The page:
Tuesday, January 5

Competition... I think not.

Adam Rabinovitz, marketing VP for indie digital distributors IODA (and MIDEM 2010 conference speaker), claims in this guest post that although the industry may now be open to all, this isn’t necessarily a bad thing…

Bruce Houghton’s recent MIDEM(Net) Blog post discusses how everyone is now in the music business, saying “Bad News: everyone is your competitor.” While that is more true today than ever before, it is also true that almost anyone could be your partner and ally. I often refer to this as “marketing mutualism” – where a common goal and interest aligns two entities in a way that allows them to explore and perfect their reasons for working together.

Some companies will partner based on need, some based on possibility, and others based on demand. Not every partnership is going to prove itself in the immediate term, and not every new product is going to change the world, but by developing shared goals, testing new models and sharing and adjusting strategy based on the results, this approach will surely influence how quickly we can continue to drive innovation and growth in our industry. 2009 has been a very exciting year for new products entering the market, but we’ve really only just touched the surface of what is possible.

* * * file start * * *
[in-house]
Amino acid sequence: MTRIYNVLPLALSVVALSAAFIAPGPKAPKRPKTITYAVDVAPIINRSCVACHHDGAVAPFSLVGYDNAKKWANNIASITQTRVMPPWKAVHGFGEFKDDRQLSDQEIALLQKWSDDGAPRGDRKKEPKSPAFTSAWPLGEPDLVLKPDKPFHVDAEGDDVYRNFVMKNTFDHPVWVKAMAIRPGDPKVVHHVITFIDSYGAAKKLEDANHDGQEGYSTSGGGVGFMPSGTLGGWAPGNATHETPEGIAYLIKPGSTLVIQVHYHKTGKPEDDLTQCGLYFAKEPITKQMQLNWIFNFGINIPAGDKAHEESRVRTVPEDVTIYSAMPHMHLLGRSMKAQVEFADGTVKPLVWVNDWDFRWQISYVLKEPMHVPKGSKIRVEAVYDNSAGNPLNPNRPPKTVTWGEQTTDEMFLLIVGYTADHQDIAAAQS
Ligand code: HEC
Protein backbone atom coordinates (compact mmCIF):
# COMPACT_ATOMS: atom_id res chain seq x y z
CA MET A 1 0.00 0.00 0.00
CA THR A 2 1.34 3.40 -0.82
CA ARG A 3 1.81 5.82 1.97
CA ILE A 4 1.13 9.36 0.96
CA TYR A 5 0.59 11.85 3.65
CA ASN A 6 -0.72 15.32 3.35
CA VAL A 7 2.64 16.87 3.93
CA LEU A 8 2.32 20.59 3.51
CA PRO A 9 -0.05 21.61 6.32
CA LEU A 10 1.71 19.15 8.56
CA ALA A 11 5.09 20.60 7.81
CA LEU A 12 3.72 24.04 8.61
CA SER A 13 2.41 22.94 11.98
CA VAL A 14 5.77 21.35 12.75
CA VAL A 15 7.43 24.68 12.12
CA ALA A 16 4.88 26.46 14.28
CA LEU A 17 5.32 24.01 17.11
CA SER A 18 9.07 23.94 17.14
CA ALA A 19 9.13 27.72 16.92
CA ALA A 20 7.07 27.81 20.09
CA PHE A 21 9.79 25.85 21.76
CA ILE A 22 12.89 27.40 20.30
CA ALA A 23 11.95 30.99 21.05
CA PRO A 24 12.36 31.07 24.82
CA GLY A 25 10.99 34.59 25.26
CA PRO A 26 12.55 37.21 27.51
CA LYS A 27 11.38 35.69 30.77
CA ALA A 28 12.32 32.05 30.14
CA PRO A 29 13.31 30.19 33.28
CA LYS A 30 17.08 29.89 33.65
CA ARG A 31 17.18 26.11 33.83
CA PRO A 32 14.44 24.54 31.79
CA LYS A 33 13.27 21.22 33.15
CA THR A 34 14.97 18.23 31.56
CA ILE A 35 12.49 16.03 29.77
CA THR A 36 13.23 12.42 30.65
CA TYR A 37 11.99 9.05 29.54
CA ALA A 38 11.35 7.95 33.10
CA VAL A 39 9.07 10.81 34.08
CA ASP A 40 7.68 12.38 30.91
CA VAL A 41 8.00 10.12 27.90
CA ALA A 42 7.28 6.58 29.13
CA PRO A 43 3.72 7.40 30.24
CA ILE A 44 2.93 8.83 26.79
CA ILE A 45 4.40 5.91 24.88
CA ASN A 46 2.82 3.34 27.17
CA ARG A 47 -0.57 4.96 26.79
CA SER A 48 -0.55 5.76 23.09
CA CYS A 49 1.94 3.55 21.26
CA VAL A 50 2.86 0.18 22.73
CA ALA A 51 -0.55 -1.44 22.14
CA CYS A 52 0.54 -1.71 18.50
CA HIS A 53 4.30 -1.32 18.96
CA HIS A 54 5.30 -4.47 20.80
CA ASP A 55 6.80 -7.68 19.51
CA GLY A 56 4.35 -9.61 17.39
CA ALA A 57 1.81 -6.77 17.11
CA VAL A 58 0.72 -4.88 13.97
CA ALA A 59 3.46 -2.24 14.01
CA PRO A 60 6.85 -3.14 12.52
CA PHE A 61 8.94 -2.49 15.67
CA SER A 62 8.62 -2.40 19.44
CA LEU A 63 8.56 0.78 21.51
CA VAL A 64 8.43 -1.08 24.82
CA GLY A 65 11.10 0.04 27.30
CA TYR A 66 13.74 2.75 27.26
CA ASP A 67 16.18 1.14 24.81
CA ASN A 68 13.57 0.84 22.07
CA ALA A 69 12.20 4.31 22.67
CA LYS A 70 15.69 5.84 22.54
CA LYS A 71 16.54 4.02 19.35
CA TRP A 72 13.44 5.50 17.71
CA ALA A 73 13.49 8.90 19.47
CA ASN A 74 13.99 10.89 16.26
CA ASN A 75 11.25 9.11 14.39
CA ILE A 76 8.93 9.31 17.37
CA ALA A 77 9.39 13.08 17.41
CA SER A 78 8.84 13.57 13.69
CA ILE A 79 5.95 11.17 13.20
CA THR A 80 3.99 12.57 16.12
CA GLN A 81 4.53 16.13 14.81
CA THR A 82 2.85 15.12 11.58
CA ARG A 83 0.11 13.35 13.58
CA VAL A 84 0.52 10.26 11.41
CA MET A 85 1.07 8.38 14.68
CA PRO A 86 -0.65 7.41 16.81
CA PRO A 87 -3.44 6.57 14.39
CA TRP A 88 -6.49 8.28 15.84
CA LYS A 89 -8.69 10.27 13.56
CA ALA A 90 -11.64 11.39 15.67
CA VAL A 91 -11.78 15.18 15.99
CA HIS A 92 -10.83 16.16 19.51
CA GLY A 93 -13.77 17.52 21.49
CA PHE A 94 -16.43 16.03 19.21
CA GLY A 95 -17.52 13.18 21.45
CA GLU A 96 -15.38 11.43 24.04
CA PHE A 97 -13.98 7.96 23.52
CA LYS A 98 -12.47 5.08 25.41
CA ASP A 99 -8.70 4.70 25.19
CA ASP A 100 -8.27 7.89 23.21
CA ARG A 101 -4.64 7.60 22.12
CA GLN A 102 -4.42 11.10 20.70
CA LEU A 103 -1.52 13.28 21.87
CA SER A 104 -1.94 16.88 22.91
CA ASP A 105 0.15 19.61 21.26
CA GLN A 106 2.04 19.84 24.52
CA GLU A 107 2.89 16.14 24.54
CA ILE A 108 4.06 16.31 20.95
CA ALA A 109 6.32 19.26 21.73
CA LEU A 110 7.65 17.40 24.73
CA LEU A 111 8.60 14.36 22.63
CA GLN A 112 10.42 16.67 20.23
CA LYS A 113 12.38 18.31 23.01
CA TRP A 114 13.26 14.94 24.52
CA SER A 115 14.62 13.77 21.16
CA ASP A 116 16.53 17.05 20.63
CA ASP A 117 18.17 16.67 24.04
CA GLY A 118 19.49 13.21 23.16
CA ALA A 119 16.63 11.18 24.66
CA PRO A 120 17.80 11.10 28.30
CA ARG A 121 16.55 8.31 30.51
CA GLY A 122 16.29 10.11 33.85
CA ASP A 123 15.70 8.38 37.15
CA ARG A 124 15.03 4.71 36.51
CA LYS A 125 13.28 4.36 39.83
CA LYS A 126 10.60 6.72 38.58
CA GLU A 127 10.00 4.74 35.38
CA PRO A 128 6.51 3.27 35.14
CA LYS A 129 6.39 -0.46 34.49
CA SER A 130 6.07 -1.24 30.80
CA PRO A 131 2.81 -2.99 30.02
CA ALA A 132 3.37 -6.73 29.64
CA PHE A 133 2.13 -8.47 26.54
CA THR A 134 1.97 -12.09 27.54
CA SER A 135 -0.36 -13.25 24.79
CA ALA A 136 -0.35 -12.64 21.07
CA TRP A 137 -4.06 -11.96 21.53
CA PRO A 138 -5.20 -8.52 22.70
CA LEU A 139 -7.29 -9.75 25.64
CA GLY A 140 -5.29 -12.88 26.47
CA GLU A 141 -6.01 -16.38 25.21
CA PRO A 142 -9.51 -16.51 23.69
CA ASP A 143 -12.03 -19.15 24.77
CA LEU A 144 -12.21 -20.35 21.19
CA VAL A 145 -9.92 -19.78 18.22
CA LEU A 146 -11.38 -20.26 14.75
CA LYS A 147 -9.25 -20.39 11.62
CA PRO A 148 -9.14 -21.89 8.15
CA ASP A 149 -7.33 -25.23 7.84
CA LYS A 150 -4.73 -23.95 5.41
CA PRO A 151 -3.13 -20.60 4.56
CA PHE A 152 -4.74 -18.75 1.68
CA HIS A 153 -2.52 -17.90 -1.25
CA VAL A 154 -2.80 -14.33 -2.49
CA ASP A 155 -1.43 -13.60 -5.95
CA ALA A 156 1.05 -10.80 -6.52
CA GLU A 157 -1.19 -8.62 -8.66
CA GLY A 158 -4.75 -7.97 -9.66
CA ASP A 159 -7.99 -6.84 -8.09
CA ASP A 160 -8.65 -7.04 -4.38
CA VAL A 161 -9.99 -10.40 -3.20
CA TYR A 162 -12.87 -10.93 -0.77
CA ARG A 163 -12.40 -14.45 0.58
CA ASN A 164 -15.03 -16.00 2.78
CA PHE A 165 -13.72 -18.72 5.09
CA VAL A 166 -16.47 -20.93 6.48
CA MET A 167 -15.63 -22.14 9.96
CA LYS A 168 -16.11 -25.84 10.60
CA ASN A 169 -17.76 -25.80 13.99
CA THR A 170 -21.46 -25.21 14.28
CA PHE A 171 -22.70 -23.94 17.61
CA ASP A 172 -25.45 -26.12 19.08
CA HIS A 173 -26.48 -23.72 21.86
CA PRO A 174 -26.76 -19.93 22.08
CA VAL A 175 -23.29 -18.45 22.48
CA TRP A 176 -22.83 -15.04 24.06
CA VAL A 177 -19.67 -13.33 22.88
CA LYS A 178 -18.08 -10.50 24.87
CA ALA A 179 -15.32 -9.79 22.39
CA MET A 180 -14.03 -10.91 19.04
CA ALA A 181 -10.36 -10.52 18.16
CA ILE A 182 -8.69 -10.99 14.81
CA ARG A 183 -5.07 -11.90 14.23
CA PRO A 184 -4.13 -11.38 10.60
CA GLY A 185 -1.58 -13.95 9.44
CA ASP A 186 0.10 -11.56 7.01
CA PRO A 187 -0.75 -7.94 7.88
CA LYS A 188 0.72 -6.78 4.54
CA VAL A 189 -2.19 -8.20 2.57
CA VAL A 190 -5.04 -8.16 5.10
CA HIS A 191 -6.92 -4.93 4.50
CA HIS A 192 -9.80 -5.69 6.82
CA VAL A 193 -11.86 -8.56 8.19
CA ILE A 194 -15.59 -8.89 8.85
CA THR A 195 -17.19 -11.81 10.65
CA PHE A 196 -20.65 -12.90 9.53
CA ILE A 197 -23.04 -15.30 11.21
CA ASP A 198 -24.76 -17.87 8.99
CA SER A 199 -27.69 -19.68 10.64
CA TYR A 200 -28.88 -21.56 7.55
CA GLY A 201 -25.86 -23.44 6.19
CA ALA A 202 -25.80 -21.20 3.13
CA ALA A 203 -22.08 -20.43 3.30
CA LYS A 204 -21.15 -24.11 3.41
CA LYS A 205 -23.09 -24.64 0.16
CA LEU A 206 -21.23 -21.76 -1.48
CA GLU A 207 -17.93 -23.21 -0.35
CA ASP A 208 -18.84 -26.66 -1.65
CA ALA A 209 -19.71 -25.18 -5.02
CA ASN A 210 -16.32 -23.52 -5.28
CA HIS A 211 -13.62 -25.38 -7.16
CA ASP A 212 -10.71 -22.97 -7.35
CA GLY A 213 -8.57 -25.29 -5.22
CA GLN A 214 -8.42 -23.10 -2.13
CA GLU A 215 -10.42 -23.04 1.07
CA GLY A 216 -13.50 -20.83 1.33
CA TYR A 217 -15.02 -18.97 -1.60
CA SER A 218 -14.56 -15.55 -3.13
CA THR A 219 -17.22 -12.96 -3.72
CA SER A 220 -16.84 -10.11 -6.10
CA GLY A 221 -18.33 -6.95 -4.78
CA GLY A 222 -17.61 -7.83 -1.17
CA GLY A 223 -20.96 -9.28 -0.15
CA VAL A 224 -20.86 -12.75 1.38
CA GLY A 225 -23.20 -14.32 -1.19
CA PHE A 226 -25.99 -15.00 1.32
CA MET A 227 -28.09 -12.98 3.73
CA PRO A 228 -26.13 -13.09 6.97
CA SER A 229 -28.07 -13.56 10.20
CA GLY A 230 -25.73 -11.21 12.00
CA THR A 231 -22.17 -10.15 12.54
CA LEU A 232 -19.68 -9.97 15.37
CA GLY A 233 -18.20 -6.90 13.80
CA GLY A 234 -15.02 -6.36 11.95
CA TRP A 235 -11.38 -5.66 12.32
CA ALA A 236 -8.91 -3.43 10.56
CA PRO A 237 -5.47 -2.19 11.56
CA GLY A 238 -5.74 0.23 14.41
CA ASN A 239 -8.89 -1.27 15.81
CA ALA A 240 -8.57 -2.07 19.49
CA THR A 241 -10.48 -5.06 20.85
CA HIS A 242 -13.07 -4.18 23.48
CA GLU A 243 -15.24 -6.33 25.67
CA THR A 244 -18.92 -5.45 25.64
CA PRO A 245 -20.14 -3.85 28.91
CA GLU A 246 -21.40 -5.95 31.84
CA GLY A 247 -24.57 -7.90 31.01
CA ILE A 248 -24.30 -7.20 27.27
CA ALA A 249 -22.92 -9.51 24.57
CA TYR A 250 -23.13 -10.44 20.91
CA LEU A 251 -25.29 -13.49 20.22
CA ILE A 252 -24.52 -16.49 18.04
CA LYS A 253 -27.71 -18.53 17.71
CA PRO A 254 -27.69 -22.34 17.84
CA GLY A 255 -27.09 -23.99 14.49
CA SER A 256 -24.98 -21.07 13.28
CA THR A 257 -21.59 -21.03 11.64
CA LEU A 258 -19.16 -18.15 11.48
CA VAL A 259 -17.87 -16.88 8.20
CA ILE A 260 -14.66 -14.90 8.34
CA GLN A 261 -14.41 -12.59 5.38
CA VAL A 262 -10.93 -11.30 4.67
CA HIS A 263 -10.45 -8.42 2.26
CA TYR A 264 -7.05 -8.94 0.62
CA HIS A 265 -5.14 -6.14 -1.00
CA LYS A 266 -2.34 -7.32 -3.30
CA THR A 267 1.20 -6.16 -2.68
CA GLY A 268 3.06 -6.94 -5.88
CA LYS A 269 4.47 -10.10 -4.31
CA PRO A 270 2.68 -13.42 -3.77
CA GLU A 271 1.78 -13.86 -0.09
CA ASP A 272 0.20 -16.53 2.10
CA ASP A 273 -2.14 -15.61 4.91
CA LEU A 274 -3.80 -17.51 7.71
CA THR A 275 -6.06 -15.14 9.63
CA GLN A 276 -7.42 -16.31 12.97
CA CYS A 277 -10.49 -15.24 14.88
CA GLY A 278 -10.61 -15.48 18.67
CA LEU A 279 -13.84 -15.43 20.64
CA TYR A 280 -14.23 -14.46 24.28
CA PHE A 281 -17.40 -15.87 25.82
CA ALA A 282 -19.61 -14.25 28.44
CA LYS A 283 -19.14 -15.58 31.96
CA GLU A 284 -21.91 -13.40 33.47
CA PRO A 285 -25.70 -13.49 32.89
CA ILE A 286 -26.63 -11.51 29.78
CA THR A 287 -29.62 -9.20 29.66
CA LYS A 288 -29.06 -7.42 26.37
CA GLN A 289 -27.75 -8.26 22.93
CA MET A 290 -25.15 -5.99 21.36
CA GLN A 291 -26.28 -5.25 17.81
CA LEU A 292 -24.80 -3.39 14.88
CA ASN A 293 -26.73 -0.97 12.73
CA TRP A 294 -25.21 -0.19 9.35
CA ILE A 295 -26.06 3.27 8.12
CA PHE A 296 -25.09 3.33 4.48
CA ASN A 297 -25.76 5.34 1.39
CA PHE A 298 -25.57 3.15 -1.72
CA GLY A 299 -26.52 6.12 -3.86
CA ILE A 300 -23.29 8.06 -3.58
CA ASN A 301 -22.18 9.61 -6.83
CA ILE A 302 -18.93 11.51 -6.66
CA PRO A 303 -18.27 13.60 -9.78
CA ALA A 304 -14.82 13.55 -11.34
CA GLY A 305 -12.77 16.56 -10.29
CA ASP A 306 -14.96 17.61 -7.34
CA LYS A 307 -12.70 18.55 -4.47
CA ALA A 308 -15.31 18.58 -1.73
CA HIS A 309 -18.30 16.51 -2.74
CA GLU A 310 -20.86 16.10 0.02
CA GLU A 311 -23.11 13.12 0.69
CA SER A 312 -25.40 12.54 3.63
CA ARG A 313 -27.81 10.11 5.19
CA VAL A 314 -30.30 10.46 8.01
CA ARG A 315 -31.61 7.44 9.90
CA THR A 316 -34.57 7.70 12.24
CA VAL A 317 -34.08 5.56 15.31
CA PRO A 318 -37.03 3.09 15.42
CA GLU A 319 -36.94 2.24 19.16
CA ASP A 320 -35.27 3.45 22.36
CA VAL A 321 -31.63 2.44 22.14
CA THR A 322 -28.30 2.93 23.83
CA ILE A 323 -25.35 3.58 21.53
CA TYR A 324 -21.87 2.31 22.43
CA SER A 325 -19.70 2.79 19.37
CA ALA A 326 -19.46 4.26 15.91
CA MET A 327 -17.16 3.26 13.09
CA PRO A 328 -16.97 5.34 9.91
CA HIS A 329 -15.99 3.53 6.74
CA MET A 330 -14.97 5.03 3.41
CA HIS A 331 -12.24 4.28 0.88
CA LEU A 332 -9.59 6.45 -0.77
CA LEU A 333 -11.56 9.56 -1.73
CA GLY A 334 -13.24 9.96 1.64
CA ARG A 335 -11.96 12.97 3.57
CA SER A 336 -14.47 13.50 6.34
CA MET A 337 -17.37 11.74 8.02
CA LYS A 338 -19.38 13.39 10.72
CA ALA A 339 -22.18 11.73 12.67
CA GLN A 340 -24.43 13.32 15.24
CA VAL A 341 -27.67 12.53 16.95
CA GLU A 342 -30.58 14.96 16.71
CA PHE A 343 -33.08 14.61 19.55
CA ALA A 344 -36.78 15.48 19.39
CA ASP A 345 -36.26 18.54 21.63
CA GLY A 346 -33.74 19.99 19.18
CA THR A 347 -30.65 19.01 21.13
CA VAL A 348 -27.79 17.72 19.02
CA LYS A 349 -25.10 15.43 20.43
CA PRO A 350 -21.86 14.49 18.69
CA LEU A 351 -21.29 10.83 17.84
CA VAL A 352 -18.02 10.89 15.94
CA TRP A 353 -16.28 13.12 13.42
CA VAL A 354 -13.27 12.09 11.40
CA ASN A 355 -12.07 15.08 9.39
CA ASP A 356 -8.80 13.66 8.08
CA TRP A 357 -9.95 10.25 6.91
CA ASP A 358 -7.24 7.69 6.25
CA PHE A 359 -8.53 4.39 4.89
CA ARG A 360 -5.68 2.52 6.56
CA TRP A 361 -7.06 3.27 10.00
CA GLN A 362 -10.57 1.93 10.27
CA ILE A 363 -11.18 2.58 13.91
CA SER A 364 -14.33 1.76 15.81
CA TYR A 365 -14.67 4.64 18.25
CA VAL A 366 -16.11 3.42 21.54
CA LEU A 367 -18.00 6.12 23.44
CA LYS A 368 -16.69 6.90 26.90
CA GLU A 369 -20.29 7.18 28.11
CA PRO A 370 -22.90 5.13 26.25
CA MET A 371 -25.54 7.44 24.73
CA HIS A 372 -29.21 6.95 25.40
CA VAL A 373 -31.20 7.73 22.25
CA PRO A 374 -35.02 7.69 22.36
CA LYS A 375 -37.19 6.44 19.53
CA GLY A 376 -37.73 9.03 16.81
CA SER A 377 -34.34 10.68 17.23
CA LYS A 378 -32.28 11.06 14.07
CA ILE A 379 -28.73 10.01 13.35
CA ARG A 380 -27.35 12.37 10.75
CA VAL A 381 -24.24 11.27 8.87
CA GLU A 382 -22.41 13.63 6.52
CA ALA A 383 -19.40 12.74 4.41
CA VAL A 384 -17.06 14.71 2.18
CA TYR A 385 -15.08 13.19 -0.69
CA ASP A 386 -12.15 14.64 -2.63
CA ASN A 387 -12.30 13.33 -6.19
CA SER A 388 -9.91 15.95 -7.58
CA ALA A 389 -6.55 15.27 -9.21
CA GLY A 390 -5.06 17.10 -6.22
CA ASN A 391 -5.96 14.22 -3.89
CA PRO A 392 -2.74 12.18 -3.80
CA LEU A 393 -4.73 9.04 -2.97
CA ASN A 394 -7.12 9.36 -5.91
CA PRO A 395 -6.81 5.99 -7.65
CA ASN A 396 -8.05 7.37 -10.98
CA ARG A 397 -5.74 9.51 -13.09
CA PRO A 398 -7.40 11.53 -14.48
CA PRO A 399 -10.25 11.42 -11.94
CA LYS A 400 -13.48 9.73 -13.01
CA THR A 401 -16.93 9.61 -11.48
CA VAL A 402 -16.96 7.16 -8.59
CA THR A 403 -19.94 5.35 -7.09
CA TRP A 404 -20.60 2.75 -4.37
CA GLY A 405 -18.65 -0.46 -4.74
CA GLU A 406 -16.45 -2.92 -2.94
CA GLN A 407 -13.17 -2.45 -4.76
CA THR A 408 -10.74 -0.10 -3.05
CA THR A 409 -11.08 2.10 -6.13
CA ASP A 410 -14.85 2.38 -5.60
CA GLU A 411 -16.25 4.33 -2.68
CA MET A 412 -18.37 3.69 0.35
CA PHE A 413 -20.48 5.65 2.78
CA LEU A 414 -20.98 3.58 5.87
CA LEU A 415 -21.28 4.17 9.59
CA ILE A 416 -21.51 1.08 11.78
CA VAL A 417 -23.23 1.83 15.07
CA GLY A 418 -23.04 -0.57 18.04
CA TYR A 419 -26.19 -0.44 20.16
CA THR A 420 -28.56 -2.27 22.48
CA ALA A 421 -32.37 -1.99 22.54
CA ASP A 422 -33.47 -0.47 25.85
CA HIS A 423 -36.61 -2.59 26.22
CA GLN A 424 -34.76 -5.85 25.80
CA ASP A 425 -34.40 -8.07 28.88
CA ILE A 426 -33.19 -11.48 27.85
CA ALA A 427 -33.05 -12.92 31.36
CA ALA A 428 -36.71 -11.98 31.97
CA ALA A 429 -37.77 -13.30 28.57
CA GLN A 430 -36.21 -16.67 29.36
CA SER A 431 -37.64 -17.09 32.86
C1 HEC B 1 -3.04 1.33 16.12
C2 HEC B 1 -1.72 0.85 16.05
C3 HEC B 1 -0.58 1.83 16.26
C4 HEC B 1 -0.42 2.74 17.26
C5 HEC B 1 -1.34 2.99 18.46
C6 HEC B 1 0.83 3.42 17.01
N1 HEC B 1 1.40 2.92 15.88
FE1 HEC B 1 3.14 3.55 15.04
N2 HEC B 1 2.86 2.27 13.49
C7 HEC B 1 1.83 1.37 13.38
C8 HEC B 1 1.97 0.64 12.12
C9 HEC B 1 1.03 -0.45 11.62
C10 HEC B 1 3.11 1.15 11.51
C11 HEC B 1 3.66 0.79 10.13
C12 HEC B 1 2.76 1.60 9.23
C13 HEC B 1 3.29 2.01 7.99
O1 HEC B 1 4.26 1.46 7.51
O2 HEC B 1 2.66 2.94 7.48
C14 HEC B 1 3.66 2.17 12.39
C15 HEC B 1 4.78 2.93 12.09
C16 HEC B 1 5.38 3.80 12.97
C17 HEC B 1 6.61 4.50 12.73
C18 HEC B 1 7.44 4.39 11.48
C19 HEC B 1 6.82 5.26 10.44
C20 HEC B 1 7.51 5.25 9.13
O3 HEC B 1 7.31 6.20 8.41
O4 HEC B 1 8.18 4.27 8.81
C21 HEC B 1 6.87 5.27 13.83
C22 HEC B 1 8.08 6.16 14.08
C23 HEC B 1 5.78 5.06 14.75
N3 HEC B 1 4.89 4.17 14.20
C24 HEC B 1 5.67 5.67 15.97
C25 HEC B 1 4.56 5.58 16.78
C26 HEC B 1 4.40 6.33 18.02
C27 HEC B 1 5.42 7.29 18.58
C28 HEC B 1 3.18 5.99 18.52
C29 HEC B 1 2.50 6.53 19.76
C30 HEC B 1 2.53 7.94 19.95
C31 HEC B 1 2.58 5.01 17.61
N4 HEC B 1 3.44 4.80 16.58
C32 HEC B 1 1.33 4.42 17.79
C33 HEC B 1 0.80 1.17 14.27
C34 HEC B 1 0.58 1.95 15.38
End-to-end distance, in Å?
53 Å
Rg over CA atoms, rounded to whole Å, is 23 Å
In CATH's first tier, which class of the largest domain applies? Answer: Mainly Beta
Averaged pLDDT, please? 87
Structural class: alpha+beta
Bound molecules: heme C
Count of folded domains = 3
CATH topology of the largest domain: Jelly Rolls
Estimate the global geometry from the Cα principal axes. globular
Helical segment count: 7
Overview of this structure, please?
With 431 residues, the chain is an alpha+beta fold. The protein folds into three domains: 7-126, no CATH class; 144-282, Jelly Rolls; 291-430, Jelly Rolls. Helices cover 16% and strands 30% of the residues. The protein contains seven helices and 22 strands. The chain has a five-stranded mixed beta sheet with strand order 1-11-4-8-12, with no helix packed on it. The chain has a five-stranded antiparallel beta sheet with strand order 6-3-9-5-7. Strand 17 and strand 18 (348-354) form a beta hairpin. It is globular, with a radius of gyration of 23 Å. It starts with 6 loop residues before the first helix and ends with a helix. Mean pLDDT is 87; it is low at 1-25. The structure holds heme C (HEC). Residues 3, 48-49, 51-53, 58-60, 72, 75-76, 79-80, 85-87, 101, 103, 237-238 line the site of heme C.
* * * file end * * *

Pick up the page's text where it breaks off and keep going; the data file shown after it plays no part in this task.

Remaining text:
Read the original post at this link

What's your take... leave your comments below.


  1. This article definitely gives me a lot of food for thought. It makes a serious valid point that I have recognized. People always rant and rave on how the music industry is dead or a dying industry but no one realizes that its not dead its just changing. We've obviously been massacred by the digital download, but its all looking so bleak because we have yet to find multiple ways to adjust to new technologies. Some people have opened up to new ideas and are willing to adapt, and others are stuck in their ways. I believe that if we embrace the changes in our industry, we will be able to allow it to develop to its full potential; instead of thinking of the music industry as a hinderance.


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